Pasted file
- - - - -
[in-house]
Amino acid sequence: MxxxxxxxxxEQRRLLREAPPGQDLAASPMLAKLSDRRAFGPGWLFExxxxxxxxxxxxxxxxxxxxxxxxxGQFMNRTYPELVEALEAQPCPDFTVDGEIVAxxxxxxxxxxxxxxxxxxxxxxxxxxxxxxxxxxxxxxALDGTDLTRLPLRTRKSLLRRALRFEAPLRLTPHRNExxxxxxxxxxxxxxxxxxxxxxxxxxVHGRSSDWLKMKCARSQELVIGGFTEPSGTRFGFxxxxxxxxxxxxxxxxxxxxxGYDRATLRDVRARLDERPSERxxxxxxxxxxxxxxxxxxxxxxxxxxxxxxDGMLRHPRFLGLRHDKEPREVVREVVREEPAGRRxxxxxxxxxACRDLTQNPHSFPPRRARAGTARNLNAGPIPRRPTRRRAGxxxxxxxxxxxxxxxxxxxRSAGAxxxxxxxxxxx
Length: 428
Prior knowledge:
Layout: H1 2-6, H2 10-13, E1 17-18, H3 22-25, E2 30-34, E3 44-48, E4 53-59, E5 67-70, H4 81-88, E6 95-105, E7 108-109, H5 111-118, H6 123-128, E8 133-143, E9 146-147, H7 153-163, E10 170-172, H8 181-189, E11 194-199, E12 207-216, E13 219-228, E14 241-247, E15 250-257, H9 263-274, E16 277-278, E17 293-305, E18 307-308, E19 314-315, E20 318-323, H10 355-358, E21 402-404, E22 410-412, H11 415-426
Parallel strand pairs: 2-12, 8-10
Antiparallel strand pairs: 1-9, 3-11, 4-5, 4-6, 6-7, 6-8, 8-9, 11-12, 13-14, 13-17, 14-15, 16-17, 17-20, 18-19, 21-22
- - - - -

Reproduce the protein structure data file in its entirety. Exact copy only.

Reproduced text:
[in-house]
Amino acid sequence: MxxxxxxxxxEQRRLLREAPPGQDLAASPMLAKLSDRRAFGPGWLFExxxxxxxxxxxxxxxxxxxxxxxxxGQFMNRTYPELVEALEAQPCPDFTVDGEIVAxxxxxxxxxxxxxxxxxxxxxxxxxxxxxxxxxxxxxxALDGTDLTRLPLRTRKSLLRRALRFEAPLRLTPHRNExxxxxxxxxxxxxxxxxxxxxxxxxxVHGRSSDWLKMKCARSQELVIGGFTEPSGTRFGFxxxxxxxxxxxxxxxxxxxxxGYDRATLRDVRARLDERPSERxxxxxxxxxxxxxxxxxxxxxxxxxxxxxxDGMLRHPRFLGLRHDKEPREVVREVVREEPAGRRxxxxxxxxxACRDLTQNPHSFPPRRARAGTARNLNAGPIPRRPTRRRAGxxxxxxxxxxxxxxxxxxxRSAGAxxxxxxxxxxx
Length: 428
Prior knowledge:
Layout: H1 2-6, H2 10-13, E1 17-18, H3 22-25, E2 30-34, E3 44-48, E4 53-59, E5 67-70, H4 81-88, E6 95-105, E7 108-109, H5 111-118, H6 123-128, E8 133-143, E9 146-147, H7 153-163, E10 170-172, H8 181-189, E11 194-199, E12 207-216, E13 219-228, E14 241-247, E15 250-257, H9 263-274, E16 277-278, E17 293-305, E18 307-308, E19 314-315, E20 318-323, H10 355-358, E21 402-404, E22 410-412, H11 415-426
Parallel strand pairs: 2-12, 8-10
Antiparallel strand pairs: 1-9, 3-11, 4-5, 4-6, 6-7, 6-8, 8-9, 11-12, 13-14, 13-17, 14-15, 16-17, 17-20, 18-19, 21-22